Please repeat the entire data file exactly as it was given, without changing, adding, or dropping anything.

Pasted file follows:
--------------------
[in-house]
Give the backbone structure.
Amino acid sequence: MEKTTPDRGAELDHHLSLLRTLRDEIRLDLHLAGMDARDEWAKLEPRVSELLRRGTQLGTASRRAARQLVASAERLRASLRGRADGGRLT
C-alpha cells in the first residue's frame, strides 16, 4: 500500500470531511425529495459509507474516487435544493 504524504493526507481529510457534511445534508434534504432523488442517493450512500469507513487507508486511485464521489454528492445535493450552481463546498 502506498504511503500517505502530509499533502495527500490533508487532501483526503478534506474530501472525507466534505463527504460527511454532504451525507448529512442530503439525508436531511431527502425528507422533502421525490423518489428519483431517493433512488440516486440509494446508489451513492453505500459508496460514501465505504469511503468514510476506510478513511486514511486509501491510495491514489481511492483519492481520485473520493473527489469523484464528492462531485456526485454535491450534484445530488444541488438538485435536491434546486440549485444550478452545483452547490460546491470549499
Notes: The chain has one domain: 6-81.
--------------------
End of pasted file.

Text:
[in-house]
Give the backbone structure.
Amino acid sequence: MEKTTPDRGAELDHHLSLLRTLRDEIRLDLHLAGMDARDEWAKLEPRVSELLRRGTQLGTASRRAARQLVASAERLRASLRGRADGGRLT
C-alpha cells in the first residue's frame, strides 16, 4: 500500500470531511425529495459509507474516487435544493 504524504493526507481529510457534511445534508434534504432523488442517493450512500469507513487507508486511485464521489454528492445535493450552481463546498 502506498504511503500517505502530509499533502495527500490533508487532501483526503478534506474530501472525507466534505463527504460527511454532504451525507448529512442530503439525508436531511431527502425528507422533502421525490423518489428519483431517493433512488440516486440509494446508489451513492453505500459508496460514501465505504469511503468514510476506510478513511486514511486509501491510495491514489481511492483519492481520485473520493473527489469523484464528492462531485456526485454535491450534484445530488444541488438538485435536491434546486440549485444550478452545483452547490460546491470549499
Notes: The chain has one domain: 6-81.